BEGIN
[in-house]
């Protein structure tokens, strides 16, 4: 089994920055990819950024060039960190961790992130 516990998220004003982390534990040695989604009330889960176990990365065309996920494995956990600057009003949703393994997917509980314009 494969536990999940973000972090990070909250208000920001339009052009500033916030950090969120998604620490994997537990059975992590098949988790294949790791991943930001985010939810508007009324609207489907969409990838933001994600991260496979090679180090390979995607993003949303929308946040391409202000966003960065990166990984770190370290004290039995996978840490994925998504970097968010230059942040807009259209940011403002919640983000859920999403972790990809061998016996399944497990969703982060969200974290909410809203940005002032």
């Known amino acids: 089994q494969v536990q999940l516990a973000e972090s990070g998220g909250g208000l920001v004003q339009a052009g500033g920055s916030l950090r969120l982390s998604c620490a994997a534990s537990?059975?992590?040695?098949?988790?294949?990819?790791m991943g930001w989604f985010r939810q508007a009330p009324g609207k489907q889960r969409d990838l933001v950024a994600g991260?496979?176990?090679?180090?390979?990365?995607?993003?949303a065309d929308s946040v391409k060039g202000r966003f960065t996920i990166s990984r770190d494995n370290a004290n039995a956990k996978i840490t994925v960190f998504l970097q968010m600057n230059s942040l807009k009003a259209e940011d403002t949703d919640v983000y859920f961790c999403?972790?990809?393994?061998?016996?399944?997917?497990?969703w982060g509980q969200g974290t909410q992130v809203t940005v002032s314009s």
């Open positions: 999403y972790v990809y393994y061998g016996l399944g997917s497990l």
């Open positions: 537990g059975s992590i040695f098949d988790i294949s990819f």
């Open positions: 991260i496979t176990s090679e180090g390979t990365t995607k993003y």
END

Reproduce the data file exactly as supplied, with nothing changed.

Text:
[in-house]
């Protein structure tokens, strides 16, 4: 089994920055990819950024060039960190961790992130 516990998220004003982390534990040695989604009330889960176990990365065309996920494995956990600057009003949703393994997917509980314009 494969536990999940973000972090990070909250208000920001339009052009500033916030950090969120998604620490994997537990059975992590098949988790294949790791991943930001985010939810508007009324609207489907969409990838933001994600991260496979090679180090390979995607993003949303929308946040391409202000966003960065990166990984770190370290004290039995996978840490994925998504970097968010230059942040807009259209940011403002919640983000859920999403972790990809061998016996399944497990969703982060969200974290909410809203940005002032």
């Known amino acids: 089994q494969v536990q999940l516990a973000e972090s990070g998220g909250g208000l920001v004003q339009a052009g500033g920055s916030l950090r969120l982390s998604c620490a994997a534990s537990?059975?992590?040695?098949?988790?294949?990819?790791m991943g930001w989604f985010r939810q508007a009330p009324g609207k489907q889960r969409d990838l933001v950024a994600g991260?496979?176990?090679?180090?390979?990365?995607?993003?949303a065309d929308s946040v391409k060039g202000r966003f960065t996920i990166s990984r770190d494995n370290a004290n039995a956990k996978i840490t994925v960190f998504l970097q968010m600057n230059s942040l807009k009003a259209e940011d403002t949703d919640v983000y859920f961790c999403?972790?990809?393994?061998?016996?399944?997917?497990?969703w982060g509980q969200g974290t909410q992130v809203t940005v002032s314009s």
């Open positions: 999403y972790v990809y393994y061998g016996l399944g997917s497990l």
């Open positions: 537990g059975s992590i040695f098949d988790i294949s990819f």
């Open positions: 991260i496979t176990s090679e180090g390979t990365t995607k993003y």